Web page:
When a firm’s business philosophy meshes with an advisor, they are more likely to stay, be more content and have a more fruitful career. Get to know the players with whom you’ll be taking the field every day. Talk to other advisors! Go to lunch or have a cocktail with them and ask for the no BS assessment of their partner organization.

Make sure you spend quality time with the leadership team, both in the boardroom and in less scripted settings. You need to ask tough questions. What does the ownership structure look like today and what is the mid- to long-term strategy of the organization? Are they building for the long haul, or to sell in five years? You can’t go too deep in understanding ownership structure, capital partners and the long-term intentions of the leadership team. For example: Is the current chief executive 50? 65? 75? It is perfectly justifiable to be asking the leading principals of the organization what their retirement plans are and what the current succession plan and contingency plan are.

Ask direct questions about the company’s financial health—expect direct answers; it is important to feel comfortable that the organization has a strong balance sheet, a reasonable amount of debt and has been growing revenue steadily, year over year.  Dive deep, don’t settle for a perfunctory glance.

Make sure you have a firm grasp of the economics of the partnership that you will be entering into. The firm that you are considering should walk you through a pro-forma/P&L statement that includes your top line and net revenues as well as all of the associated expenses related to the partnership. If the firm can’t provide you with this and doesn’t have clear answers to these questions, that is a significant red flag.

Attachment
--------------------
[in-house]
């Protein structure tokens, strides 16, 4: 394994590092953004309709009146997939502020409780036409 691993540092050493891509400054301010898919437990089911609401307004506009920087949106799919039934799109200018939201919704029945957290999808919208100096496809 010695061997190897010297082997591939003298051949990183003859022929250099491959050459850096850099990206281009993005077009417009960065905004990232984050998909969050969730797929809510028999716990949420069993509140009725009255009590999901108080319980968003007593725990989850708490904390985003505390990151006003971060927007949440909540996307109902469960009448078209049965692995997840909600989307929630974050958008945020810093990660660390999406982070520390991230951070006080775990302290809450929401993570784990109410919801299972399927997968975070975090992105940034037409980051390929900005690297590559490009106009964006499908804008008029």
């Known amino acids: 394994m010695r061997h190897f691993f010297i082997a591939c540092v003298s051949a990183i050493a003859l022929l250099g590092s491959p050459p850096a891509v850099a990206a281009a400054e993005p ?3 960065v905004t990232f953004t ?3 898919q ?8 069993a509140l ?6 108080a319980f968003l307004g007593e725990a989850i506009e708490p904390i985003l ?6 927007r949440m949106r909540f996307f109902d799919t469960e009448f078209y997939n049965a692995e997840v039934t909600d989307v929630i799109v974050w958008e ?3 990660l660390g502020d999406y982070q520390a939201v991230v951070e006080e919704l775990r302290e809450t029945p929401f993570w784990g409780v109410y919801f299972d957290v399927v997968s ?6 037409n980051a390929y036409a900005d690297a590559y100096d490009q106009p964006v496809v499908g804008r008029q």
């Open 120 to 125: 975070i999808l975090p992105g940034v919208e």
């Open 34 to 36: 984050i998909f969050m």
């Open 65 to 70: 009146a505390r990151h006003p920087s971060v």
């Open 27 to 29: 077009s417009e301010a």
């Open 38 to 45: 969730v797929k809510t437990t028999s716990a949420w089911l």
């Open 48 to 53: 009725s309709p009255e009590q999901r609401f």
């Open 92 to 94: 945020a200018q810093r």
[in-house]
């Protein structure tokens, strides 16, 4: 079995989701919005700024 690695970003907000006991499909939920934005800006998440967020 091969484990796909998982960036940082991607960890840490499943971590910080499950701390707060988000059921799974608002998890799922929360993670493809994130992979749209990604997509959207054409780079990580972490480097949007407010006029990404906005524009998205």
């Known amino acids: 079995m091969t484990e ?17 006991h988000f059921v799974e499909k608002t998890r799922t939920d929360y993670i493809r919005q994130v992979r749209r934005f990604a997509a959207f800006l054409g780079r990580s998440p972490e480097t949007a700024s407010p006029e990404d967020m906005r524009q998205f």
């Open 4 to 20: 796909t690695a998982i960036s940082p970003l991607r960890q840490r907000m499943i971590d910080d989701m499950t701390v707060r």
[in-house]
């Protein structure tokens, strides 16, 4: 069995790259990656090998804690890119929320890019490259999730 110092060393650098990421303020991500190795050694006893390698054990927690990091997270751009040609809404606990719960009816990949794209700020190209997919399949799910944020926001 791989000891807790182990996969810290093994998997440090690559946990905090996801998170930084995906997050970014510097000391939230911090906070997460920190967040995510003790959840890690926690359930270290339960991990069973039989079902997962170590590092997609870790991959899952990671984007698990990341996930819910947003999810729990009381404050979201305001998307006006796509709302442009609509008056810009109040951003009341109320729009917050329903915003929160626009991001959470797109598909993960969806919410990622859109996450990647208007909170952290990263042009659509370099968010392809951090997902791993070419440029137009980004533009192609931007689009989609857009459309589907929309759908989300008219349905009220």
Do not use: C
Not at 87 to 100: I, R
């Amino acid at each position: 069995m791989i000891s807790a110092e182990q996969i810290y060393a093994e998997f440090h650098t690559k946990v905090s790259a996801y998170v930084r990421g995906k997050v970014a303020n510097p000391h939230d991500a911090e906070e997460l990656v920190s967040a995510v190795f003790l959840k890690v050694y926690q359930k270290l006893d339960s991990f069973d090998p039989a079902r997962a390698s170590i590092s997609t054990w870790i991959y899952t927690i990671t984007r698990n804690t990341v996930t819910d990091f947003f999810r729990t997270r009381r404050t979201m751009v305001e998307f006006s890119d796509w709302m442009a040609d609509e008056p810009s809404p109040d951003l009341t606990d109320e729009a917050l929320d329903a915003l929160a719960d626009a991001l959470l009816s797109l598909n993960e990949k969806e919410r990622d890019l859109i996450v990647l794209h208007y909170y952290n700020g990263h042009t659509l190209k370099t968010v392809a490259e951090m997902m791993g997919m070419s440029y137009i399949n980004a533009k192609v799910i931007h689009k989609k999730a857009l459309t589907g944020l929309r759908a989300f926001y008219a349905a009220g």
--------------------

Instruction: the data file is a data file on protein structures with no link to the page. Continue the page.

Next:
Spend time not only with the leaders in the organization but those who are executing on the day-to-day operational activities that you’re going to leverage. This is a great opportunity for you to identify the real value proposition of the company. And it also provides you a chance to see up close that group’s capabilities. You will see if the culture that’s previously been described to you is put into practice or just something written nicely on paper.

  1. When you are contemplating a deal, think about three to five years out versus the next six months.

Depending on your life’s circumstances, a transition assistance package is nice, but if you want to make a strategic decision rather than just a move, imagine what the long haul looks like. A big check often comes with strings attached. Upfront cash can also tip you off that you are being “rolled up”—effectively purchased for your assets, not because they really care about your future well-being or that of your clients. The real payoff will come down the line, when you double or triple your assets organically because your partner knows how to boost your growth and cares as much about your clients as you do.

Listen, if you need the money now and that’s your primary driver, then you do you. Many firms take advantage of advisors they feel are in a less-than-favorable negotiating position or nearing retirement and “need” to make a move. 

Regardless of your age or asset level, know this—you hold powerful cards. Yes, there are a lot of advisors in motion, which might seem like firms seeking to add them have the power.  If there were only a few firms looking to recruit and the independent advisory channel was sleepy and stagnant that might be true.  It is not. The industry continues to achieve growth velocity almost unthinkable even five years ago. Just look at Michael Kitces’ FinTech map to see how many firms are competing for your attention and business. 

There have never been more options available to you. Take your time assessing them properly and make an educated and empowered decision. This is your moment. Seize it.   

Rob Sandrew is chief growth officer at Integrated Partners